The static diffusion chamber (SDC) allows the measurement of critical supersaturation and of nucleation rates and it is a powerful instrument for the vapor nucleation study. Earlier, within the scope of the International Nucleation Workshop Group, nucleation rates of the n-pentanol–helium system have been measured using different experimental techniques. Disagreement of experimental data obtained using the static diffusion chamber and data obtained using other methods, particularly the laminar flow diffusion chamber, can be explained by re-examining the mass and energy transport analysis used to describe static diffusion chamber operation. In the present research we describe the mass and energy transport in the SDC modeled as an effectively open system with mass and energy transport in one direction with a nonzero diffusion flux at the system boundaries. Calculated values for vapor supersaturation are compared with the n-pentanol nucleation rate experimental results of the American–Czech group [M. Rudek, J. L. Katz, I. Y. Vidensky et al., J. Chem. Phys. 111, 3623 (1999)] and with a nucleation rate Reference Equation obtained from an earlier investigation involving the n-pentanol–helium system. From our results one can see that there is a significant difference in the calculated supersaturation for all of the data. The magnitude of this difference is quite large even for the relatively small vapor mass fractions at a nucleation temperature of 260 K. We also note that the calculated nucleation temperatures from our analysis are slightly larger than those reported in the work of Rudek et al.4 We performed our calculations with and without the thermal diffusion term. We observed that the effect of thermal diffusion on the transport process is relativelly small and is not particularly essential to include in this comparison that we are making the effects of the different flux boundary conditions.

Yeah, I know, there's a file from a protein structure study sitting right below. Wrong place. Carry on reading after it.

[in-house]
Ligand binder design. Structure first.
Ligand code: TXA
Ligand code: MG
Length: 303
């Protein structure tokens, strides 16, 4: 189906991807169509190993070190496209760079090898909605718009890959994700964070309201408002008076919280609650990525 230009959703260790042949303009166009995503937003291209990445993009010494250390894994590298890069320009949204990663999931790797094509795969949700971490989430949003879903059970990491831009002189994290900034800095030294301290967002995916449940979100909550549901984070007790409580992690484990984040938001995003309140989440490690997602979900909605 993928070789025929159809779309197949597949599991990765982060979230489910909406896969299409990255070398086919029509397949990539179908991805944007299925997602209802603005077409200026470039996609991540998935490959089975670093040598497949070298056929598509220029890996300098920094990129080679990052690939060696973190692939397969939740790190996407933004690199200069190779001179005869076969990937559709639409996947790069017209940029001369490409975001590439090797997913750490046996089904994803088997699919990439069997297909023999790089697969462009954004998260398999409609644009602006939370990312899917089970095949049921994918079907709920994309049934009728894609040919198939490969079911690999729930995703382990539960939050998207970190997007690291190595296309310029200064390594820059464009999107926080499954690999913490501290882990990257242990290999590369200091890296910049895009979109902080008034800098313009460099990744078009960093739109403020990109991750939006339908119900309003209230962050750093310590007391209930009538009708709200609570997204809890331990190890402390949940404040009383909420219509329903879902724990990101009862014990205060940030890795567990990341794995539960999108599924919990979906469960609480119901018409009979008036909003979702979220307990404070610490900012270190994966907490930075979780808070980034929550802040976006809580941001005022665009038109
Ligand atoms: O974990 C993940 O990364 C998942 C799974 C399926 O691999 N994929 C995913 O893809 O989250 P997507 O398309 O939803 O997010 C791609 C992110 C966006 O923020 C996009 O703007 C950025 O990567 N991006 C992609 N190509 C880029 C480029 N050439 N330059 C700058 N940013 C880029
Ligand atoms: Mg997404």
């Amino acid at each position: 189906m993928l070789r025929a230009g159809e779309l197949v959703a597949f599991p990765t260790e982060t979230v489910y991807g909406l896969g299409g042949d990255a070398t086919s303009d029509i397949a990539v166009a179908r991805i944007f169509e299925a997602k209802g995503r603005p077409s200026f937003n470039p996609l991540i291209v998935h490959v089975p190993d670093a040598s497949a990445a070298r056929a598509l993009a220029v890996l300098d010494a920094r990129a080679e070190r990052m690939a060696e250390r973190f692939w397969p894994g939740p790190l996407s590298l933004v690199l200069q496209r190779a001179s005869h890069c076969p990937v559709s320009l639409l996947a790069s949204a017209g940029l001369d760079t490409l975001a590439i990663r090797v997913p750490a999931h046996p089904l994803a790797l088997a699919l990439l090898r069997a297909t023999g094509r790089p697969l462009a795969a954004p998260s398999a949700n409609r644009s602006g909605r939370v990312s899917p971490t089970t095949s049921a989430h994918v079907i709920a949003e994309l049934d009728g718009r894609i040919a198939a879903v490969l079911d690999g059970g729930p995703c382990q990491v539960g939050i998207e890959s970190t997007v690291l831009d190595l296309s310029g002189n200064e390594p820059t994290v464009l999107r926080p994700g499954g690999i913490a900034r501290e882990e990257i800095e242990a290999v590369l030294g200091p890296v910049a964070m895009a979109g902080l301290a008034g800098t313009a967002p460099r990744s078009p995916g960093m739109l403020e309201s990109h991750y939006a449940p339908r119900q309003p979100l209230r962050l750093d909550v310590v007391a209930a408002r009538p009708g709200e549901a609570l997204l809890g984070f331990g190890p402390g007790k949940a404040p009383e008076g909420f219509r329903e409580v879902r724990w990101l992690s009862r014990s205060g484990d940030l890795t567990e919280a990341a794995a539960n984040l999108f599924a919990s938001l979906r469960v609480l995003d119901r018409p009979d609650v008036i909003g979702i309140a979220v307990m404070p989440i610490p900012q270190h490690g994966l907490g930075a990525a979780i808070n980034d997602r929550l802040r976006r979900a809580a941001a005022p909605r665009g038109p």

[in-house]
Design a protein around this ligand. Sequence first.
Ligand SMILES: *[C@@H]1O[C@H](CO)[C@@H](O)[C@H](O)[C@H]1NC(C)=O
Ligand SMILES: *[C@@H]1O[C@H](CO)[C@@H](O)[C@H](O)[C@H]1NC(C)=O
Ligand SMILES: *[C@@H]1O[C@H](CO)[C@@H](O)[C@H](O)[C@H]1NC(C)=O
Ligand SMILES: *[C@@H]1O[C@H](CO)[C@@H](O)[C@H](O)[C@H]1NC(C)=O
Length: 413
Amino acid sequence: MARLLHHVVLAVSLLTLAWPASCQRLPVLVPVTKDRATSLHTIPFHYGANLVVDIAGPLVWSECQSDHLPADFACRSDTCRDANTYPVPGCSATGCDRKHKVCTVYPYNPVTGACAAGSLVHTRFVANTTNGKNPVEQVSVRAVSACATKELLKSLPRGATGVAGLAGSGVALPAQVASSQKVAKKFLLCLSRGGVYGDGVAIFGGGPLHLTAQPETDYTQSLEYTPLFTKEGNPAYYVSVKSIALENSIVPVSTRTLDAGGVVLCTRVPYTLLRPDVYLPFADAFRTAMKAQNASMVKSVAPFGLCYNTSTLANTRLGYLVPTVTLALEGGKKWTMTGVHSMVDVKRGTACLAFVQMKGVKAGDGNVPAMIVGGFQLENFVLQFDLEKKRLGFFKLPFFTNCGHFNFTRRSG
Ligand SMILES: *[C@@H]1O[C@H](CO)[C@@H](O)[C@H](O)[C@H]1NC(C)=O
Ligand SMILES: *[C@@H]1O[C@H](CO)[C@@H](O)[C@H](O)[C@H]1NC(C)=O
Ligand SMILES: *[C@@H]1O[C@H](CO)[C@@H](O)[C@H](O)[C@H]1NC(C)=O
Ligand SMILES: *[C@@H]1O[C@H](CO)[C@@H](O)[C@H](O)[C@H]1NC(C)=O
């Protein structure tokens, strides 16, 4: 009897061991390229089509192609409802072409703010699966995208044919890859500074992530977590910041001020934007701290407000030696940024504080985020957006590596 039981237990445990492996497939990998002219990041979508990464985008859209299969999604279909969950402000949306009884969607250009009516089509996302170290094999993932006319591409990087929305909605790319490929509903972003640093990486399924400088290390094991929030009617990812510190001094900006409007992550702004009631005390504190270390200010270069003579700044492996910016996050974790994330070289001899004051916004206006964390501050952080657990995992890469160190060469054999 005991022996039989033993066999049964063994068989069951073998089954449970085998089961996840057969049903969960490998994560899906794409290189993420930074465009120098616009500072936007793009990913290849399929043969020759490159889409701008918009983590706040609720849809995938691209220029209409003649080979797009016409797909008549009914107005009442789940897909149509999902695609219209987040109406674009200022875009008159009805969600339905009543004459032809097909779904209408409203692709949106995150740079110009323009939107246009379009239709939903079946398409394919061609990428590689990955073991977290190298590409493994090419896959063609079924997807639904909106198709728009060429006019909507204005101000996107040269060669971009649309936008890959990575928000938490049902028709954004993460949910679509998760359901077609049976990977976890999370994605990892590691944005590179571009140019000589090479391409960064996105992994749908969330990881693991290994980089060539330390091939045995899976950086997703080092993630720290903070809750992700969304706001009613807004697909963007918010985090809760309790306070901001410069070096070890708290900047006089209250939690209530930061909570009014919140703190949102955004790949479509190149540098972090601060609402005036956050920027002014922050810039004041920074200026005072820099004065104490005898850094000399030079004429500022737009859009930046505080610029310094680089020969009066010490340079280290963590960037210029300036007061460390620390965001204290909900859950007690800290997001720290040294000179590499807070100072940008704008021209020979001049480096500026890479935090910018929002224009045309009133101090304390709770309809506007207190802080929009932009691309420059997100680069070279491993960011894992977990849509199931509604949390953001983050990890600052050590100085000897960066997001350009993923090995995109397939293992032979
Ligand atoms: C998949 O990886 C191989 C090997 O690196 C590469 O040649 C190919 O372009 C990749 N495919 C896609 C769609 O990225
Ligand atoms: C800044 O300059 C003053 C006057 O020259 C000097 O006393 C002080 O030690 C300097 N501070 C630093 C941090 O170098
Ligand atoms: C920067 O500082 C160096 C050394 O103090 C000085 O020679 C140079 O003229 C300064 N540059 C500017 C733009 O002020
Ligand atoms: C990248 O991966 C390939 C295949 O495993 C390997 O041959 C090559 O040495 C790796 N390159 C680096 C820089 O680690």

Available at: http://works.bepress.com/richard-heist/25/